Dr. Kaufman is a really fun character, even if he is only in the film for one scene. Played wonderfully by the great character actor, Vincent Schiavelli, Dr. Kaufman is a hitman with talents of torture. He encounters Bond in his hotel room, speaks with a hilarious German accent, provides a few funny lines, and then is quickly thwarted by the Q technology provided for Bond. He doesn’t do much, but I’ll be darned if he isn’t memorable.
Q has his token one scene once again, the outfitting of Bond, which actually takes place on location in Hamburg Germany, but boy is it wonderful. The charm of Q is in his disdain for Bond and the humor with which he approaches their relationship, which has been aided greatly by the humor provided by Brosnan too. Q shows up as a Q service clerk at the airport, getting Bond into his “rental” car, which will be discussed later. But the fun gadgets he provides Bond are all on his handy mobile phone. He has a fingerprint scanner, a taser, and he can also control everything on his car with this amazing phone.
Wai Lin, played by Michelle Yeoh, is perhaps the toughest Bond girl to ever grace the screen in the series. I don’t think that automatically boosts her to the upper echelon of the list of Bond girls, but it definitely makes her unique, memorable, and awesome. It is soon revealed, after a nice mysteriousness to her popping up everywhere Bind is, that she is a Chinese secret agent, a counterpart to Bond. And she proves herself worthy, keeping up with Bond and sometimes even out smarting him. They are on the same mission: prevent Carver from starting World War III, and they soon form a great partnership and work really really well together. Wai Lin is one of the more interesting Bond girls for her martial arts expertise, even if that includes yelling out “hi-yah!” when shooting a machine gun.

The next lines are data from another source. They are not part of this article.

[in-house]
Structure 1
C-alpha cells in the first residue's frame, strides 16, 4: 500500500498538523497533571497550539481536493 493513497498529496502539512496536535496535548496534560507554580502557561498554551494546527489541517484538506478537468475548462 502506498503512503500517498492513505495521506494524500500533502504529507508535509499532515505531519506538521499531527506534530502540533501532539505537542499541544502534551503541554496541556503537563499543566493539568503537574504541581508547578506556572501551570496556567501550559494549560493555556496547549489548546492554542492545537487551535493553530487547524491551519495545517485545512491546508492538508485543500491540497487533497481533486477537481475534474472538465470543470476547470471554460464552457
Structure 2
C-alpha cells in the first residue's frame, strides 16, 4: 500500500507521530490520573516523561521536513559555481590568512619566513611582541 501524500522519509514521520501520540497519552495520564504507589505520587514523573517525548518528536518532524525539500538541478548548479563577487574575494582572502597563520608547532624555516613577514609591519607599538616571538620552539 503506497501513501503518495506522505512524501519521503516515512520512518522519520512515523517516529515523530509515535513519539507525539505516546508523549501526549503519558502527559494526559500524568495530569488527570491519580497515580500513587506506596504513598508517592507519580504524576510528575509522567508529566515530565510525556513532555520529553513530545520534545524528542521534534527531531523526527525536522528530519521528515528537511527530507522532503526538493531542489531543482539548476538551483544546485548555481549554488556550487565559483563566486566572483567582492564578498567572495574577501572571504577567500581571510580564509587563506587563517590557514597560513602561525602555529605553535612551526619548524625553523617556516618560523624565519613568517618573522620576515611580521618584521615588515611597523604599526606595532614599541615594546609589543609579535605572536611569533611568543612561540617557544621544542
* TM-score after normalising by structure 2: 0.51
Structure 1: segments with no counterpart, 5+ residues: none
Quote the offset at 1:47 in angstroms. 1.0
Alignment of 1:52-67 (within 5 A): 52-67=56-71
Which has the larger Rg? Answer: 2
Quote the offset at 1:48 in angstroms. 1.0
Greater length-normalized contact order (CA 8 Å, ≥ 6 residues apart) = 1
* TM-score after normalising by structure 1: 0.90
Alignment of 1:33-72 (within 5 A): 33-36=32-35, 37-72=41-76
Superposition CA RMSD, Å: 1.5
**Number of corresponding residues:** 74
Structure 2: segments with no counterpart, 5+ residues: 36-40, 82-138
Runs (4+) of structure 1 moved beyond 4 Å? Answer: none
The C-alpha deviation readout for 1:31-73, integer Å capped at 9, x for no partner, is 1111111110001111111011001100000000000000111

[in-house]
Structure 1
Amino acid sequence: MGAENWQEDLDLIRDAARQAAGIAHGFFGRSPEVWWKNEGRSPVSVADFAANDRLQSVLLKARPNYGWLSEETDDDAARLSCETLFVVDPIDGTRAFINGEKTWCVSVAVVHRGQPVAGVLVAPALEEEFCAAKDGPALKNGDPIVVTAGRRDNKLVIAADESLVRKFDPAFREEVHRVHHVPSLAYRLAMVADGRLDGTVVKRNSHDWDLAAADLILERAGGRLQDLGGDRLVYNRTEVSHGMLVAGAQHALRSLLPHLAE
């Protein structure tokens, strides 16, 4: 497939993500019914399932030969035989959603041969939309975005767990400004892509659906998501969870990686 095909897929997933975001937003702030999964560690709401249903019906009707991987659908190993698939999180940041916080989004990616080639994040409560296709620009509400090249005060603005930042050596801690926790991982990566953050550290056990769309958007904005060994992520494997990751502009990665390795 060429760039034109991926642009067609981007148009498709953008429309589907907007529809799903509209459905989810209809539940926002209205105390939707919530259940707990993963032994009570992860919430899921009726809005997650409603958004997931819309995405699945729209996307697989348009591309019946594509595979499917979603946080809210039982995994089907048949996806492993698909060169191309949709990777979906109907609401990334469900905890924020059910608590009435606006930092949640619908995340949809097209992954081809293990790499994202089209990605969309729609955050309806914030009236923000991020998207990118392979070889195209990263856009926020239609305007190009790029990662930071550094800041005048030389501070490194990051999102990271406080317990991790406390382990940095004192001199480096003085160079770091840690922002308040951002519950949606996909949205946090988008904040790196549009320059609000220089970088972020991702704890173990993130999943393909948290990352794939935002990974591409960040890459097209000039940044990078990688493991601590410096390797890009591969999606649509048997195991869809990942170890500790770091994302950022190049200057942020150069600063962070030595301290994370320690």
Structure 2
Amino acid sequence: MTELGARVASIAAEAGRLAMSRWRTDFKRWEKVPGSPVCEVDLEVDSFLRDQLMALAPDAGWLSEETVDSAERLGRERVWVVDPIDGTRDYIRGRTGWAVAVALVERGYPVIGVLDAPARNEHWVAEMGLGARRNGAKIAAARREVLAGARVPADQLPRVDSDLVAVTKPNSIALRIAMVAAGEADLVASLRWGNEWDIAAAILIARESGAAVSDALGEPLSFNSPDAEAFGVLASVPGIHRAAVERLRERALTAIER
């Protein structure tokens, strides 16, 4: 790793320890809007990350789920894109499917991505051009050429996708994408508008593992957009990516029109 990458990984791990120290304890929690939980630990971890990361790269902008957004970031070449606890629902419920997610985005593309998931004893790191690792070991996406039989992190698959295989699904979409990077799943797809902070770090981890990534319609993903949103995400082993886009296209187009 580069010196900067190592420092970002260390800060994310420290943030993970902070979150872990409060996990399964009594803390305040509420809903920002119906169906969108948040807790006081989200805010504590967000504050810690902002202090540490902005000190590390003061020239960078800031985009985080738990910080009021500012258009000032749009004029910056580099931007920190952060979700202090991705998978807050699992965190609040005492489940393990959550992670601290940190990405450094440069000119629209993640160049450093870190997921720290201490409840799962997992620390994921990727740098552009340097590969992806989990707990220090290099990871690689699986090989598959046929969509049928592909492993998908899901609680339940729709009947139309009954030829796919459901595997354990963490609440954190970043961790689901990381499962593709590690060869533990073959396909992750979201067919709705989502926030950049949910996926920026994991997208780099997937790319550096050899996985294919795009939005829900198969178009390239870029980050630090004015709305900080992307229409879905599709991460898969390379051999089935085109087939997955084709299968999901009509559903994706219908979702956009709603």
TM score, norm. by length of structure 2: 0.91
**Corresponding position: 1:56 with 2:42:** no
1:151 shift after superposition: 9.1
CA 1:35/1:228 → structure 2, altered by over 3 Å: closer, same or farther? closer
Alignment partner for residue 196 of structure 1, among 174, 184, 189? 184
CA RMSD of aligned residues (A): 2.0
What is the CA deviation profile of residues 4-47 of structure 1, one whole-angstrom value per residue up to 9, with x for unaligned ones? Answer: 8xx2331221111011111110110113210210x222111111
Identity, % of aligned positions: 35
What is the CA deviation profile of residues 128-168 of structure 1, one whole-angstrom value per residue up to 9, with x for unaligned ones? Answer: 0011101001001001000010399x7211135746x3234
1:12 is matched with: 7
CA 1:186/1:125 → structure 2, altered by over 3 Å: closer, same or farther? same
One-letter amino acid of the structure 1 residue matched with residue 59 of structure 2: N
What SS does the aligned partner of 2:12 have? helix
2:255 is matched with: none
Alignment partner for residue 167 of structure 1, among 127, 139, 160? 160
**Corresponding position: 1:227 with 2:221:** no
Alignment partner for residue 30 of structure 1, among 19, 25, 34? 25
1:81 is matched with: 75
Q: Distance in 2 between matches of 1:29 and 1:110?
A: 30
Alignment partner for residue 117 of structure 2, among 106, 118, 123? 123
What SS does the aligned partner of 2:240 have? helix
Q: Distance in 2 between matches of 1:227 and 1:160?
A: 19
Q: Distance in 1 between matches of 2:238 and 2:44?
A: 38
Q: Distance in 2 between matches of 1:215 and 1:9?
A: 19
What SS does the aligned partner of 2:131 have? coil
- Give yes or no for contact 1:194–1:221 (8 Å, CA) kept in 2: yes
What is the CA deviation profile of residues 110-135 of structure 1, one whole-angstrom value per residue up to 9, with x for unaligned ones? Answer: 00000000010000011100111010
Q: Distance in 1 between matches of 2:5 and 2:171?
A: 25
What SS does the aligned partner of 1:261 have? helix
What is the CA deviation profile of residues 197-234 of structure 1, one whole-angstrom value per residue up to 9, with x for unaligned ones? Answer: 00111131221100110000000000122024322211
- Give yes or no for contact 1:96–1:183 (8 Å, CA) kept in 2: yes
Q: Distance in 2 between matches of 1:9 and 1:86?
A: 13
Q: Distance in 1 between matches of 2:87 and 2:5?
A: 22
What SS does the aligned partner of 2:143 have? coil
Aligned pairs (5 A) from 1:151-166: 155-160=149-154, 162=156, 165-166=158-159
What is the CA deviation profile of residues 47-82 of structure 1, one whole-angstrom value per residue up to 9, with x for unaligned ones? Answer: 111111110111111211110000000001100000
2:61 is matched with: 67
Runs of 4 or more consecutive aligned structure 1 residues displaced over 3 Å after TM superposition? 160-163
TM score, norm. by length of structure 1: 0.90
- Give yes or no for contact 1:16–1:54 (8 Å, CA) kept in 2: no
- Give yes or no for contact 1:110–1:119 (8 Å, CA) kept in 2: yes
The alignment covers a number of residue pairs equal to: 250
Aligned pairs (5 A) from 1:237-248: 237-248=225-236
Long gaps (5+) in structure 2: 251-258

Paris Carver is the result of a necessary character in the script. Someone has to feed Bond information in Elliot Carver, so why not make a character who is married to him, but has a history with Bond!? Played by a terrible Teri Hatcher, she is beautiful and very easy in terms of “pumping” her for information. I really do not like the character, despite how pretty Hatcher may be, so I guess I can say I was glad that she was dispatched from the proceedings as quickly as she was.
The Car & the Chase
Bond continues to use the German automobile, the BMW. This time it is the BMW 750, with obvious Q modifications, such as rockets, machine guns, sledgehammer/bullet-proof windows, and a remote control. Bond is able to control the car using a tough pad on his phone, which he uses quite efficiently in one particular chase scene, where he uses the capabilities to avoid the enemy and divert them by driving it off the roof of a parking garage, returning it, ironically, to an Avis.
There is also a second chase, but this time it involves a motorcycle, albeit a BMW, a nice touch from the filmmakers. Bond is handcuffed with Wai Lin and they must escape first from a car, and then from a helicopter in the streets of China. A difficult task, Bond is able to outsmart the baddies and it really is a pretty good chase scene overall.